Expectations for the Election Campaign
With the campaign season for the next general elections having officially begun, as evidenced by the commencement of village meetings by the New Democratic Party and the recent mass rally and conferences of the various party organs of the Unity Labour Party, now is as good a time as any to focus on what we expect of those seeking our vote as the campaign progresses.
The parties have a responsibility to spell out their vision for the future; an obligation to tell us how they can realize their vision; and the urgent task of persuading the majority of Vincentians that their party is worthy of our vote.
The challenges of our small developing country are many. We need an economy that can sustain a decent quality of life for our people. Our healthcare, our schools, our roads, our safety, these are but some of the fundamentals of Vincentian life that both political parties must address. And we need utter clarity and transparency in the answers they give to these questions.
We also need an election campaign and an election process that truly respect the voice of the electorate. For even as the parties prepare for the next election, we do not have finality on the disputes which arose at the conclusion of the last election. Our Appeal Court has yet to render a final decision on the claim that the last election was stolen. We need a judgement from the court as it is crucial that when we embark upon the next general elections, there is no doubt among the electorate in the integrity of our electoral system. Those who participate in our elections ought to be in the forefront trumpeting the value of the vote and protecting the right of all voters to have their votes counted.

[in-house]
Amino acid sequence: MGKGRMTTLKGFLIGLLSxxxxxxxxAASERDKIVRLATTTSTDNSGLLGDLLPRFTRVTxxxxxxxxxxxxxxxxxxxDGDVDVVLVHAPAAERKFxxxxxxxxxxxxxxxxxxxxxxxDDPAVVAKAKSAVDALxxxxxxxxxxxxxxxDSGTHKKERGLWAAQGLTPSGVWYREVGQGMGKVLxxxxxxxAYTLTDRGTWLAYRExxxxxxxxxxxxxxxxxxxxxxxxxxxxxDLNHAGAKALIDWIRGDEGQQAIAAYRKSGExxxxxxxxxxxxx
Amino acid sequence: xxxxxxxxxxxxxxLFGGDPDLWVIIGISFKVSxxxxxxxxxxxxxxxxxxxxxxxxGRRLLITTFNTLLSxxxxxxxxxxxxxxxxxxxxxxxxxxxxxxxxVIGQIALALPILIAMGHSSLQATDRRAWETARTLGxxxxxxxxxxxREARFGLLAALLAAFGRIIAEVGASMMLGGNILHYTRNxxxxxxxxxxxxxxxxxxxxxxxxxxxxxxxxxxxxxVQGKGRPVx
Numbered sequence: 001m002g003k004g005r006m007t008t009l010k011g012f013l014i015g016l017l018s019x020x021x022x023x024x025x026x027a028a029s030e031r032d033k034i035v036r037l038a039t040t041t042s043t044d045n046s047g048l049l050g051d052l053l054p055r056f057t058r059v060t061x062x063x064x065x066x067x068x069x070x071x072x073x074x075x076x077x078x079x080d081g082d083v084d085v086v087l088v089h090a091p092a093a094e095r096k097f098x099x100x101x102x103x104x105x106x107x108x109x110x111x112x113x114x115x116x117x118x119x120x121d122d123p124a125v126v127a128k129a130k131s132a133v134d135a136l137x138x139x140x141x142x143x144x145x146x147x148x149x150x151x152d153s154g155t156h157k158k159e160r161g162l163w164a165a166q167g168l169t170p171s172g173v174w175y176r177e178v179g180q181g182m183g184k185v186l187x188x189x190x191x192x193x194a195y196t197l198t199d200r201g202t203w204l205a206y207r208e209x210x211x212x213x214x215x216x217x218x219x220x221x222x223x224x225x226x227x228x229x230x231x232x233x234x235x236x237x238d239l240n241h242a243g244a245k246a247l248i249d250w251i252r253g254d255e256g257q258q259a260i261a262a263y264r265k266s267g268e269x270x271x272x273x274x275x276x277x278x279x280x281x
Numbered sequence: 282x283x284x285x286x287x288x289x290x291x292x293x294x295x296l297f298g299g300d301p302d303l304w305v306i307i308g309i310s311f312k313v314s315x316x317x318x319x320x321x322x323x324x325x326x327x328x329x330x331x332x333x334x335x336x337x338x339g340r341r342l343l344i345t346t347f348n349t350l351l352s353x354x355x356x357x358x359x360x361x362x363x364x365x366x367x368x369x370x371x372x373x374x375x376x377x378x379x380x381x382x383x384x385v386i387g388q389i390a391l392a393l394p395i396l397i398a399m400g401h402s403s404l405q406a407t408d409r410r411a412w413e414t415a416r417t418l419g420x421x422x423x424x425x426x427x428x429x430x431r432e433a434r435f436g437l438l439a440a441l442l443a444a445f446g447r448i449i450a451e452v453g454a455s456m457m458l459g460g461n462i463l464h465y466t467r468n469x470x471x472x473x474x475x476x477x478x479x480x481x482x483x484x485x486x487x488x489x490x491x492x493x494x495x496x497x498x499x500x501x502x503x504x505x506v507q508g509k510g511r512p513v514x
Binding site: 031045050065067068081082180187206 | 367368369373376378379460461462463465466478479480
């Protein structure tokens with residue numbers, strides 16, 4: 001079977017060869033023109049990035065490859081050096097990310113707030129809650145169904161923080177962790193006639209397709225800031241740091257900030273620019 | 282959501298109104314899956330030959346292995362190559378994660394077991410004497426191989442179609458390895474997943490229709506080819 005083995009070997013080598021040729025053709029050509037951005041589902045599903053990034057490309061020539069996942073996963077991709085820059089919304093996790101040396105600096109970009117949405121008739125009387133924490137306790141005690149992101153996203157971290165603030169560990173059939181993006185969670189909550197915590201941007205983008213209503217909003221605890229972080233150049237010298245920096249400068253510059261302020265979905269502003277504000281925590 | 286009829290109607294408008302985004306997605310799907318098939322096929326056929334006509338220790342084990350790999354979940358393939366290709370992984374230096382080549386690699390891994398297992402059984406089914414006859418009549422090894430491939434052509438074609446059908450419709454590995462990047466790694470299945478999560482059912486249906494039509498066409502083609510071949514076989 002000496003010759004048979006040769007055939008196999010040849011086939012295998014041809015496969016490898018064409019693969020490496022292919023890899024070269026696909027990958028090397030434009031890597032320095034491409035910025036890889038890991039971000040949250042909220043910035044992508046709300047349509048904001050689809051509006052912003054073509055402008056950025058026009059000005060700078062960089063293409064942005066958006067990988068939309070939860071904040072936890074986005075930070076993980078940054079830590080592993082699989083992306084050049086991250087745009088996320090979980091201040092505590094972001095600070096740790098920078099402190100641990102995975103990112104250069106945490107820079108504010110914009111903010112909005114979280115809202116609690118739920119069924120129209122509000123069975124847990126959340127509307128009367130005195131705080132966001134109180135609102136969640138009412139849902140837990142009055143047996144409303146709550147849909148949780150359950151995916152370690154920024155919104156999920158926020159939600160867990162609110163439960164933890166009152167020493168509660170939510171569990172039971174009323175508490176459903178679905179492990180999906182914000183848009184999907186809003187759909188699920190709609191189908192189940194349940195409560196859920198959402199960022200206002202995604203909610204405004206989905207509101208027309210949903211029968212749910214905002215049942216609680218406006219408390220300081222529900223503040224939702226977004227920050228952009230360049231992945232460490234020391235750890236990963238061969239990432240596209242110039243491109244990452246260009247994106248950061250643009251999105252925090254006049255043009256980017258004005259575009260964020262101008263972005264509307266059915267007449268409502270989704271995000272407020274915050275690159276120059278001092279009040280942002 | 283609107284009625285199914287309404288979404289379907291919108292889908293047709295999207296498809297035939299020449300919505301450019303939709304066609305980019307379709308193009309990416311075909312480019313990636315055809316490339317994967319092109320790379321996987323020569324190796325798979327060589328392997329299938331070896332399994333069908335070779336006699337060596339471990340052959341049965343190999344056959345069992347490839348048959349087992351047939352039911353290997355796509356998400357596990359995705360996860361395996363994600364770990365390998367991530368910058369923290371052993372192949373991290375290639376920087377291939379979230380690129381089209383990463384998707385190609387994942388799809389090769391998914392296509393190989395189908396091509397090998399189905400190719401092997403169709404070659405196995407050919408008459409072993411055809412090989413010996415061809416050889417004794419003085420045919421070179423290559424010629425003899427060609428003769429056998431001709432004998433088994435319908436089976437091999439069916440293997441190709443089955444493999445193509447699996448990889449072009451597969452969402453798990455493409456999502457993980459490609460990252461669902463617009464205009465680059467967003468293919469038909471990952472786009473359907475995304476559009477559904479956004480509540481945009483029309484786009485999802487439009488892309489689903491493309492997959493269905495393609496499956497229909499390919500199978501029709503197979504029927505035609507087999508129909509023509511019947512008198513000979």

Elections of course are deeply divisive exercises. And we can expect the rhetoric to become quite heated as parties use every medium at their disposal to champion themselves and belittle their rivals. But we still wish to remind everyone: Our elections constitute the greatest expression of civic duty in our country. Virtually every five years we re-enact a ritual that is now almost 70 years old. It underwrites the most essential principle of Vincentian life: the right of our people to govern ourselves. And in all the din that our election campaign will bring, let us not forget we are celebrating a gift granted to us by the struggles of our ancestors.